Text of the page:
It's all Melanie's fault. In March I received an email from her extolling the virtues of twitter, that micro-blogging, naval-gazing, Web 2.0 service. I knew about twitter but was totally uninterested in subscribing to a service that would allow me (force me!) to post short little "tweets" about what I was doing at the moment. More importantly, why on earth would I want to follow others doing the same? But she persevered.
In her email she said: "You're receiving this because you're among those open minded smart people I know who gets that things have changed and we need to understand the future. Right?" Right. And she went on to demonstrate how she was using it in the classroom. Ok, I was intrigued. A former prof, I have always been curious about how to get people interested in new ideas. And, now that I'm a veteran museum professional (ten years last month!) I'm constantly exploring and evangelizing new ways to connect the net to the museum.
So, I opened a twitter account. The artist in me soon found the limitations of the medium interesting: how could I be creative in 140 characters? And, given the flotsam and jetsam of the majority of twitter posts, how could I say something interesting? My posts weren't numerous and those following my every word were minuscule. Not a problem. I could see the creativity in the endeavor so I continued.
Last week, as I sat in my endodontist's office waiting to be evaluated for a possible root canal I tweeted: "Waiting to see root canal doc. Of course, my tooth doesn't hurt today." Suddenly, I got an email notifying me an endodontist from somewhere in Canada was following me. I asked for a consult in a short 140 character burst. My real doctor laid it out: 90% chance I'd need the procedure within six months. So I scheduled my appointment and suddenly I connected the dots. I saw the potential for something more interesting than drilling into my enamel: I would broadcast my root canal via twitter.
My twitter-based endodontist thought that was a great idea and tweeted my plans to his twitter followers. Suddenly, as I sat waiting for the drilling to begin geeky dentists and endodontists from around the continent were following me. It was a smart mob of dental professionals.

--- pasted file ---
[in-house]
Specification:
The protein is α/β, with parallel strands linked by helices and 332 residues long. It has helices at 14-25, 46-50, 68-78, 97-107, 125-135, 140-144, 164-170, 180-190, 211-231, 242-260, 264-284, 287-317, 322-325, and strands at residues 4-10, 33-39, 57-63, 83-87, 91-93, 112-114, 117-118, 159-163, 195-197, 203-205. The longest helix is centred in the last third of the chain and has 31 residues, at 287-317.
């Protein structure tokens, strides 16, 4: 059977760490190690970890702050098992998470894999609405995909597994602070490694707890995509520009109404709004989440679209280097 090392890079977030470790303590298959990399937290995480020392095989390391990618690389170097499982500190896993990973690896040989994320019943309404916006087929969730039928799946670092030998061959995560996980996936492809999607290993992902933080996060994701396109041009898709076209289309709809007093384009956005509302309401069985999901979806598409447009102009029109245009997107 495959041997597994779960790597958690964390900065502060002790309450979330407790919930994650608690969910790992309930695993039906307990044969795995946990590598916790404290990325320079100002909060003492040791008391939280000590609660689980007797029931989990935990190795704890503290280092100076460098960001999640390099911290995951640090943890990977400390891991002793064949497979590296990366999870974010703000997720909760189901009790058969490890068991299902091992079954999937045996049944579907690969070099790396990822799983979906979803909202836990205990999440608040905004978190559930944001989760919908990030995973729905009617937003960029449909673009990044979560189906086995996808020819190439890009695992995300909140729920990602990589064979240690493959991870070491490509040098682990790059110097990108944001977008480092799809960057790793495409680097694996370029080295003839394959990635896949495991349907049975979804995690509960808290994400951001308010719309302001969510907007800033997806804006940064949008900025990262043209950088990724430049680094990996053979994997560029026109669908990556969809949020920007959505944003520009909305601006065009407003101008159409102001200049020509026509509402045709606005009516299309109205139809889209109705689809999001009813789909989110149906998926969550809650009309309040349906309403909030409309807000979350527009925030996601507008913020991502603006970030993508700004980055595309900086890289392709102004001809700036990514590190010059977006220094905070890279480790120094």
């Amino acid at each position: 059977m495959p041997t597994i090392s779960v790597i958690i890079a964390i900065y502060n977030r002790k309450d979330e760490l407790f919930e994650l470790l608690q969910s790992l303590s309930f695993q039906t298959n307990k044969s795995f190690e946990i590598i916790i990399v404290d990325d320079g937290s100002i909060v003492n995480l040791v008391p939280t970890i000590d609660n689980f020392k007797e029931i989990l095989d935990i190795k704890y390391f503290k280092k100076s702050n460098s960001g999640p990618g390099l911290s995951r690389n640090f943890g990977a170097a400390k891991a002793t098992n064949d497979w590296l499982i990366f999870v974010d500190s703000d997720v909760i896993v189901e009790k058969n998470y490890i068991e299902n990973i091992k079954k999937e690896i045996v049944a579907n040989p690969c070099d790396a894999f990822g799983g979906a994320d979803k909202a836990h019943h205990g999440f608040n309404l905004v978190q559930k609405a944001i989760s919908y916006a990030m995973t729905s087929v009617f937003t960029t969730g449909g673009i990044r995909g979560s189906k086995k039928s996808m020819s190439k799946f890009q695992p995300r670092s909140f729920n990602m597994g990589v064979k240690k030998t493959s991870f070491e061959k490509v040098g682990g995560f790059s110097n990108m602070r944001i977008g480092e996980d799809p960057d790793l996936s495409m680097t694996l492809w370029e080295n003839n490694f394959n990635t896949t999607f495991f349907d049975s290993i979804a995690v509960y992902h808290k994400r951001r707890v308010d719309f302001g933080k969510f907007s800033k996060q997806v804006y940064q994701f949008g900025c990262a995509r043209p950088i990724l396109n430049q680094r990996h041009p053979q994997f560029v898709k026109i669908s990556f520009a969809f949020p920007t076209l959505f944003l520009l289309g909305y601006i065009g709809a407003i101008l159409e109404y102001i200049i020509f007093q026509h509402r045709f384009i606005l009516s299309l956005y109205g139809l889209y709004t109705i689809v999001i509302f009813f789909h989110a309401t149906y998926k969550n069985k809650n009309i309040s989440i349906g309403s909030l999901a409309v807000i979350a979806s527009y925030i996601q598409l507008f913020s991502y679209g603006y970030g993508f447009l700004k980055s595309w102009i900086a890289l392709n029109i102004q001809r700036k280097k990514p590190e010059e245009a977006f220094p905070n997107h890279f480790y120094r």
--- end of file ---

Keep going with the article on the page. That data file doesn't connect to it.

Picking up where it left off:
With iPhone in hand I called up both my twitter page and my twitter reply page so I could post a play-by-play and see the tweets of those following me. They were asking me questions as the procedure began. My endodontist didn't really understand my groundbreaking attempts to use social media to communicate during this medical procedure. But she was a great sport about it. She explained what she was doing and every now and then would stop so I could inform my audience (PDF of my tweets: read from the bottom up).
The Pitch Redux
And, like any conceptual artist worth his weight in ideas I realized the most important thing was to document what I'd done. Just that very morning Rob Pegoraro, the tech writer for the Washington Post had written an article on Twitter. I wrote him and Marc Fisher, another Post writer who had covered my eBay auction back in 1999 (where I auctioned my personal demographics). Marc wrote a piece about my twittered root canal. I've posted the transcript of my tweets as well as the replies (PDF) from those who followed along during the procedure.
I must admit, I was afraid to tell my more normal friends and coworkers what I'd done. Groundbreaking as it might have been, this was pretty crazy, even for me (and some of my fellow conceptual artists thought I was nuts). But a little idea art always makes me feel alive (and after a root canal, that's a nice place to be). This was a demonstration of how social media could forge some interesting relationships. The best art is about just that. I never thought I'd "connect" with dentists from around North America. But my tooth is much better for it.